Information on Stroke
What is a stroke?
A stroke is a medical condition very much like a heart attack, but it occurs in the brain. The blood vessels in the brain can become clogged or occluded from different sources. An ischemic stroke can be due to a clot or embolism of the vessel; or atherosclerosis, hardening of the arteries by a fatty deposit known as plaque, can be the culprit. A stroke can also be caused by a hemorrhage from a ruptured vessel which can be due to an aneurysm or high blood pressure. When any of these conditions occur, the brain does not receive enough oxygen; and the brain cells die.
Since each area of the brain controls a different body function, the effects of a stroke on the body can vary greatly. Depending on which part of the brain is affected, one can experience permanent residual conditions such as paralysis, aphasia (inability to speak), dysphasia (difficulty with speech), seizures, dysphagia (difficulty swallowing), and dysarthria (slow or garbled speech). A stroke can cause slurred speech and can have an impact on the swallowing mechanism which can lead to aspiration pneumonia. A diet of thickened liquids can be a helpful prevention tool.
How do I know that I’m having a stroke?
The warning signs of a stroke include:
- Sudden numbness or weakness of the face, arm, or leg, especially on one side of the body.
- Sudden confusion, trouble speaking or understanding.
- Sudden trouble seeing in one or both eyes.
- Sudden dizziness, loss of balance or coordination or trouble walking.
- Sudden severe headache with no known cause.
If you or a loved one experiences any of these symptoms, call 911 immediately and seek treatment at the nearest hospital. A clot-busting medication called tissue plasminogen activator (tPA) is available that can break up or dissolve this clot and prevent permanent damage; however, treatment must begin within three hours from the onset of symptoms. Rapid treatment dramatically improves your chance of recovery. While tPA is a safe treatment for a stroke due to a clot, it cannot be given if the stroke is due to hemorrhage. This would increase the bleeding and cause even more damage.
You will notice that each of these warning signs for a stroke are of sudden onset. The symptoms of a stroke occur rapidly.
Occasionally, these symptoms can occur and last for only a few minutes. It is important to take these symptoms seriously since they are a mechanism for the body to warn us of possible impending doom. These symptoms may be a sign of a TIA or a “mini-stroke”, which can be a warning sign of an even larger stroke. A TIA does not cause permanent damage like a full-blown stroke does. Once a stroke has occurred, the brain tissue cannot regenerate itself; and the damage cannot be reversed.
How is a stroke diagnosed?
In order to help determine the cause of a suspected stroke, a physician will most often order an x-ray called a CAT scan. Another test that can give a much more detailed view of the brain is Magnetic Resonance Imaging study or MRI. Patients that have a pacemaker or any type of metallic implant are not candidates for an MRI due to the high-powered magnetic field required for this test. Also, patients that are claustrophobic may not be able to tolerate the confined space of an MRI, Another beneficial procedure offered is a Magnetic Resonance Angiogram of the brain which can detect an area of abnormality minutes after the blood flow to an area has ceased. A conventional MRI may not detect a stroke until up to 6 hours after it has started, and a CAT scan sometimes cannot detect it until it is 12 to 24 hours old.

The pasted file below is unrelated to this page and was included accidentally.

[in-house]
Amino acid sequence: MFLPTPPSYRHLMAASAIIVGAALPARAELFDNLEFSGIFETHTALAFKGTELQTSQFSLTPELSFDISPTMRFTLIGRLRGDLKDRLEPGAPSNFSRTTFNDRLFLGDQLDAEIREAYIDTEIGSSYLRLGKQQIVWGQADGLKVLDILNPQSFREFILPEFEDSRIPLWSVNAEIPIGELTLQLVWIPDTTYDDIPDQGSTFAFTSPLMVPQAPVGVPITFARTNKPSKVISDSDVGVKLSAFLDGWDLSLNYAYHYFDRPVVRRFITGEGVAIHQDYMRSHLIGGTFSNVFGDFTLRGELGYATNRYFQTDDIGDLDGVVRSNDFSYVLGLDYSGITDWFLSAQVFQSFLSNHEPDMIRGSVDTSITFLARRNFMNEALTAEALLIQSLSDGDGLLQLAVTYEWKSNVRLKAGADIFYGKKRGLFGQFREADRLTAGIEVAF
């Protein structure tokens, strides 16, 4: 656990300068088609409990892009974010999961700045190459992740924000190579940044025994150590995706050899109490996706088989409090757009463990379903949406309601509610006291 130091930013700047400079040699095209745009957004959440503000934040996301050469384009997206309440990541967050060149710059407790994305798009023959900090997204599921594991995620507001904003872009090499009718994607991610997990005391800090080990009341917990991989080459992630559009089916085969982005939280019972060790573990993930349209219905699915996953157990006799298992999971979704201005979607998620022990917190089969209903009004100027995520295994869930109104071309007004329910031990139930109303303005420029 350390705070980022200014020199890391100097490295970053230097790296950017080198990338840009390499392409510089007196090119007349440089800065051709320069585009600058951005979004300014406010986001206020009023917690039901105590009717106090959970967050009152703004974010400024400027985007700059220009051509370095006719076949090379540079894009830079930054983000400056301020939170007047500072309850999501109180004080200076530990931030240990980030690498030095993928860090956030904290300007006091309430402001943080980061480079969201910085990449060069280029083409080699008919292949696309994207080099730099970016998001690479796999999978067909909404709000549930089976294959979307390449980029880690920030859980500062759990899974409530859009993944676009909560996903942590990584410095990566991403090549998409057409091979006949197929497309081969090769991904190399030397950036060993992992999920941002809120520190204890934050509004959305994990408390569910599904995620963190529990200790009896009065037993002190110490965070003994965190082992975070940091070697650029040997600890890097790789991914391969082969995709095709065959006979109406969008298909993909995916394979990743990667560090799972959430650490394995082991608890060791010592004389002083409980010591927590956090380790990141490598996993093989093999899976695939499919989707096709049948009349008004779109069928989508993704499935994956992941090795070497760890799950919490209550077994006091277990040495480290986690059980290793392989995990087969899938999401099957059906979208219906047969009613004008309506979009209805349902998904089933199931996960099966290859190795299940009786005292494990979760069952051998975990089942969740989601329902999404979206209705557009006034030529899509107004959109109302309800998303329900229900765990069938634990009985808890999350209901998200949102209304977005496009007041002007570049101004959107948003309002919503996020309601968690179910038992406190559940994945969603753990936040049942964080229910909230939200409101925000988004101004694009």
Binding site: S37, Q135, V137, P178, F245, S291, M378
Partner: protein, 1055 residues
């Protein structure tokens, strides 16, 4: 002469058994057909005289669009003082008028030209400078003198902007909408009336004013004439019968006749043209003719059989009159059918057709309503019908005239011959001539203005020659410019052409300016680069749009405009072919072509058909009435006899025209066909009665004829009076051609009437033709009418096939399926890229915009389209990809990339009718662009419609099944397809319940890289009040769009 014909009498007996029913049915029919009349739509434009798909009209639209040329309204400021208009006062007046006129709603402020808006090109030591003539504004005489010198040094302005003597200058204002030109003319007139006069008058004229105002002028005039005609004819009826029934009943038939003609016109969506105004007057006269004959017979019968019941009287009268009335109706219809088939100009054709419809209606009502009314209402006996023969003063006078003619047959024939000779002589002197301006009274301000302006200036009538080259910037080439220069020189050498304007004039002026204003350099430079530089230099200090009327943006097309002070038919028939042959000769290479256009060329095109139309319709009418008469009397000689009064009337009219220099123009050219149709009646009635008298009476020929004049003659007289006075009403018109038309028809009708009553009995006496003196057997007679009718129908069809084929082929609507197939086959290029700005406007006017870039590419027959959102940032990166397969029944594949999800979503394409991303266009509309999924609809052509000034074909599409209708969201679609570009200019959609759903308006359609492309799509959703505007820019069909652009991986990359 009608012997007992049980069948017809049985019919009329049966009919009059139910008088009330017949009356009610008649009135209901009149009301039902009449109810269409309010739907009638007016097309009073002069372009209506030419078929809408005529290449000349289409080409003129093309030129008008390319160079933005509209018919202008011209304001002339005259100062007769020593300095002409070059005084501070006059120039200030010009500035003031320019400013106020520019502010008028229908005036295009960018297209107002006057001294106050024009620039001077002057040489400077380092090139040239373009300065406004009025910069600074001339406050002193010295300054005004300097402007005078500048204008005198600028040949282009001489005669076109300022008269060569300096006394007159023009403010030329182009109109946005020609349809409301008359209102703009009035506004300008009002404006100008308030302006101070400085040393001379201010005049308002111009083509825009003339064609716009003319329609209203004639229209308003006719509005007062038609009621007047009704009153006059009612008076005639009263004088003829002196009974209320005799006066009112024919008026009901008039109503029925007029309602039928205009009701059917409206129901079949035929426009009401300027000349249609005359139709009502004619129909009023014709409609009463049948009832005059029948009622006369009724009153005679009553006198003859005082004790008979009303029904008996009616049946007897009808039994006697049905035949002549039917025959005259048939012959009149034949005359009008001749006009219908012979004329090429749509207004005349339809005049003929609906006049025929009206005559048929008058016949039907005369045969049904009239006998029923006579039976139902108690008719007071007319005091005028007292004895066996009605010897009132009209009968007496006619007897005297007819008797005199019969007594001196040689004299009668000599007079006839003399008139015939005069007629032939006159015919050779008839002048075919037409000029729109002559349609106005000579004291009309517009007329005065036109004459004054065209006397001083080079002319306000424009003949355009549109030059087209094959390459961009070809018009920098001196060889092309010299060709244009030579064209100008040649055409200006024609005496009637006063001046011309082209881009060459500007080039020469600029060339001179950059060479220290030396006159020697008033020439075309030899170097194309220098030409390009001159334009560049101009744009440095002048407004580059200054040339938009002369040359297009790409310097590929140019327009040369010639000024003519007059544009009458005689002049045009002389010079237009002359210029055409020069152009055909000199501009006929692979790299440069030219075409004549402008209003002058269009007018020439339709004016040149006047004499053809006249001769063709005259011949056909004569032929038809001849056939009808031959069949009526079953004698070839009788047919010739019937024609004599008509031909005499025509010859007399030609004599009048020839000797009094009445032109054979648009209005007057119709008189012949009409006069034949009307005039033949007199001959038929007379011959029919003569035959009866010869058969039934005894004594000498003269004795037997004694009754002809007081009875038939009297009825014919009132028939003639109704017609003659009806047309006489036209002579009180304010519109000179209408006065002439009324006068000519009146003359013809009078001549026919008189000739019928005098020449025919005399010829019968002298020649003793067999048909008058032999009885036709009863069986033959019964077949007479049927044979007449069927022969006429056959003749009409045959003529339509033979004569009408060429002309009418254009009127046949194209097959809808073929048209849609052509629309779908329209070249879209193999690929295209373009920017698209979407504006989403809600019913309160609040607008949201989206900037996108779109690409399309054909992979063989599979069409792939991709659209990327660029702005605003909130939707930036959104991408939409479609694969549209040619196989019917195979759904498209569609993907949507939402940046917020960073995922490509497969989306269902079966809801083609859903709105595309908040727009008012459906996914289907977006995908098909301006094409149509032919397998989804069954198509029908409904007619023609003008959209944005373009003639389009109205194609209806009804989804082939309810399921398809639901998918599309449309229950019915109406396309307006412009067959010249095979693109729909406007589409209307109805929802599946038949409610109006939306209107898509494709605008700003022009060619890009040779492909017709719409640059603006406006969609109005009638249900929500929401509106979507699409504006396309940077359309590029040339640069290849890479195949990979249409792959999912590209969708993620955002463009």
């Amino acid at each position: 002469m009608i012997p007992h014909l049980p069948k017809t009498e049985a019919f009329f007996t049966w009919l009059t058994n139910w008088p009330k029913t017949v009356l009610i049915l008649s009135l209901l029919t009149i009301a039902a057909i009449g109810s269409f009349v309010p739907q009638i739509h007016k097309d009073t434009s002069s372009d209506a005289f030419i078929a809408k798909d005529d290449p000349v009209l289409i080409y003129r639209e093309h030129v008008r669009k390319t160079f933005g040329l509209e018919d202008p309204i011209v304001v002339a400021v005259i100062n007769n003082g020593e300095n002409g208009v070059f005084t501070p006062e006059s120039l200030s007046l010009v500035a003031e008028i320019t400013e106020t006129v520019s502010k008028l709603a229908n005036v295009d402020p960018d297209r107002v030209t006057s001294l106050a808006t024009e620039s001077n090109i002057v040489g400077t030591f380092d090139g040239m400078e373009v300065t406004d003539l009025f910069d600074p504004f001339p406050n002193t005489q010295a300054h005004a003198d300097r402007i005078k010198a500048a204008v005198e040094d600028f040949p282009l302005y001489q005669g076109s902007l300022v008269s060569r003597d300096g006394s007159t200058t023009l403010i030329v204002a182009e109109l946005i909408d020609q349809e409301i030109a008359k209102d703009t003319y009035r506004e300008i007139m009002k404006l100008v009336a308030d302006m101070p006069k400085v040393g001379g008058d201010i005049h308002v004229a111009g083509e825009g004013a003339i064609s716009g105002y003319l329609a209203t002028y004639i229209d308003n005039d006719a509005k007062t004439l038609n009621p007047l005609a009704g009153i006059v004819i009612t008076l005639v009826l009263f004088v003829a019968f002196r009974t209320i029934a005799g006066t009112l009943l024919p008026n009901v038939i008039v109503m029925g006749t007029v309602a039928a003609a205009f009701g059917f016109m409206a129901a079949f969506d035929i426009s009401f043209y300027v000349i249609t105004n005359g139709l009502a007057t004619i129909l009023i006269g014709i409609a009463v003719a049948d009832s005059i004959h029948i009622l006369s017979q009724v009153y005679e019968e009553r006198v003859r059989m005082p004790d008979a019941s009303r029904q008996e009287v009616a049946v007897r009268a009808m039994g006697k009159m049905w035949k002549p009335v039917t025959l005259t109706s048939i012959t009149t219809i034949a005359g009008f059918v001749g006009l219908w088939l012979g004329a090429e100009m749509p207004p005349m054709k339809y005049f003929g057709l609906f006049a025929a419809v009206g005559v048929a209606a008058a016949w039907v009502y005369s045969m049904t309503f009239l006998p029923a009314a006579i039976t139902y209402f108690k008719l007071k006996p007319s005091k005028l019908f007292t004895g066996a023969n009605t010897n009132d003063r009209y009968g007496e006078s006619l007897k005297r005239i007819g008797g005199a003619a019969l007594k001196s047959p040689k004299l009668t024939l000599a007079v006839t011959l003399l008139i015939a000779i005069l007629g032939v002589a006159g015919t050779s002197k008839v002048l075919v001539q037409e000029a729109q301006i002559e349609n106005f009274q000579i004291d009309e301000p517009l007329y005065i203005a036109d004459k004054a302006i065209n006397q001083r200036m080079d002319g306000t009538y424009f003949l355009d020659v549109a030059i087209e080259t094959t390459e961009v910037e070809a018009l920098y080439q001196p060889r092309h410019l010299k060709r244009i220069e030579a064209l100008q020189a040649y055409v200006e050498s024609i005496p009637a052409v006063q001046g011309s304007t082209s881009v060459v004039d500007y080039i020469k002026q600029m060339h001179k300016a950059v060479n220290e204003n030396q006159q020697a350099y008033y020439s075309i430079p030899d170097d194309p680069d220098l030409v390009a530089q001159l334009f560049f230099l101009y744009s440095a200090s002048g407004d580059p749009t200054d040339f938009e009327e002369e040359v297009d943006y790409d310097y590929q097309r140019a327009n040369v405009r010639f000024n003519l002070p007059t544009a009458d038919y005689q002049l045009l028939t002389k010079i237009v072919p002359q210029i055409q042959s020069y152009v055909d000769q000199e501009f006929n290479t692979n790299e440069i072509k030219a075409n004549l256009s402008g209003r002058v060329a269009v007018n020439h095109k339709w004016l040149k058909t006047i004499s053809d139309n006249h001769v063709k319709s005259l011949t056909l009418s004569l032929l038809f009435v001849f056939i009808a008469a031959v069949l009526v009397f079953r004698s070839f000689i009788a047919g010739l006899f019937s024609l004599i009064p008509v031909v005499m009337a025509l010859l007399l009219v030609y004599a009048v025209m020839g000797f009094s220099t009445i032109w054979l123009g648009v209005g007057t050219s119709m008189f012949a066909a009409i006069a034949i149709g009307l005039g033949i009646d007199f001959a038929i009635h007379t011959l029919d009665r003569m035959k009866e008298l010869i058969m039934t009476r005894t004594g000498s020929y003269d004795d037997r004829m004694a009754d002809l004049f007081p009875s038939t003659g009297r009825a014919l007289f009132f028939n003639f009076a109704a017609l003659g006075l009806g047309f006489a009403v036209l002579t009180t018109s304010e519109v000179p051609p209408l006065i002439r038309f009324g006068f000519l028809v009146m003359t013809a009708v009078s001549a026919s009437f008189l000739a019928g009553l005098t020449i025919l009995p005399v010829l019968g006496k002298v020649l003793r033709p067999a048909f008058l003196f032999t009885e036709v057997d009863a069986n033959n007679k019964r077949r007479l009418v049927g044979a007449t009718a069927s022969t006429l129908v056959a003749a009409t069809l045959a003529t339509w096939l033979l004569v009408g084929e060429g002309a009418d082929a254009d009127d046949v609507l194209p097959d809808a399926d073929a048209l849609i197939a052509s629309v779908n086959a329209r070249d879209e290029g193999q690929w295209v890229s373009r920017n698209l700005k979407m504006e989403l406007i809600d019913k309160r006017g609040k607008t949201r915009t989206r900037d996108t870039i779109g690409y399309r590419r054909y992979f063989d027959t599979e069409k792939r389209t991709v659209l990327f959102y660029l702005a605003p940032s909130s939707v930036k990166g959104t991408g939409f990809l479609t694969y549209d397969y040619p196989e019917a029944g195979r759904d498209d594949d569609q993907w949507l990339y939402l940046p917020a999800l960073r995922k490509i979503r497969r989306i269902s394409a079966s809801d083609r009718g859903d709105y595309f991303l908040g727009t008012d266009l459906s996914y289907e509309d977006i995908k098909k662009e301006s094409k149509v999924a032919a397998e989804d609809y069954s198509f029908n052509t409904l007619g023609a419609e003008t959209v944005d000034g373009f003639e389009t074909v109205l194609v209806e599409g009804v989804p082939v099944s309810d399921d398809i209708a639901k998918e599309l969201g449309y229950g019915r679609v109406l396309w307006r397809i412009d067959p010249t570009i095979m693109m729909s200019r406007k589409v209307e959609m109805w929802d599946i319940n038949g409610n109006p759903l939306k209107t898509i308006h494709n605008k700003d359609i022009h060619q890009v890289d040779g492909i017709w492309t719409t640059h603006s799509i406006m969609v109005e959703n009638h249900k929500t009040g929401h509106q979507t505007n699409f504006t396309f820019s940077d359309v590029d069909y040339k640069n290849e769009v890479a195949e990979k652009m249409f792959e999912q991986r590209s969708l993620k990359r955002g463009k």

What can I do to prevent a stroke?
There are many things that can be done to prevent or lower your risk a stroke. They include a healthy exercise program, a diet high in fruits, vegetables and fiber and low in fat and salt, and avoidance of alcohol and tobacco products. Consistent control of chronic conditions such as atrial fibrillation of the heart which cause the blood to pool and clot in the atria, diabetes, hypertension, and obesity, and to undergo regular physical exams and monitoring of blood cholesterol levels all help to reduce your risk for stroke.
Medication therapy is another way to reduce your risk of stroke. Anticoagulant or antiplatelet medications such as Aspirin, Plavix, and Coumadin and Heparin may be prescribed by a physician for stroke prevention or treatment. These medications thin the blood and help to prevent clot formation which can travel to the brain and cause a stroke.
Now that I have had a stroke, is there an effective treatment?
Unfortunately, the permanent damage that can occur from a stroke cannot be reversed; however, the prevention program detailed above can reduce your risk of having a second stroke. A rigorous therapy and rehabilitative program may be extremely beneficial in learning activities of daily living and regaining some control of your life. Often, patients learn how to bathe and dress themselves independently. Family and caregivers can play a huge role in this process and work with their loved one to build muscle strength. A supportive, patient and encouraging environment can work wonders in helping to avoid the depressive symptoms that often occur after a stroke. A new-found or renewed interest in a hobby such as playing a musical instrument can also be a beneficial therapy for a stroke victim.
Retrieved March 11, 2008 from the American Stroke Association.org website: http://www.StrokeAssociation.org
Retrieved March 11, 2008 from the Safe-Stroke Awareness for Everyone website: http://www.StrokeSafe.org
Retrieved March 11, 2008 from the National Stroke Association website: http://www.Stroke.org
Retrieved March 11, 2008 from the MedicineNet.com website: http://www.MedicineNet.com
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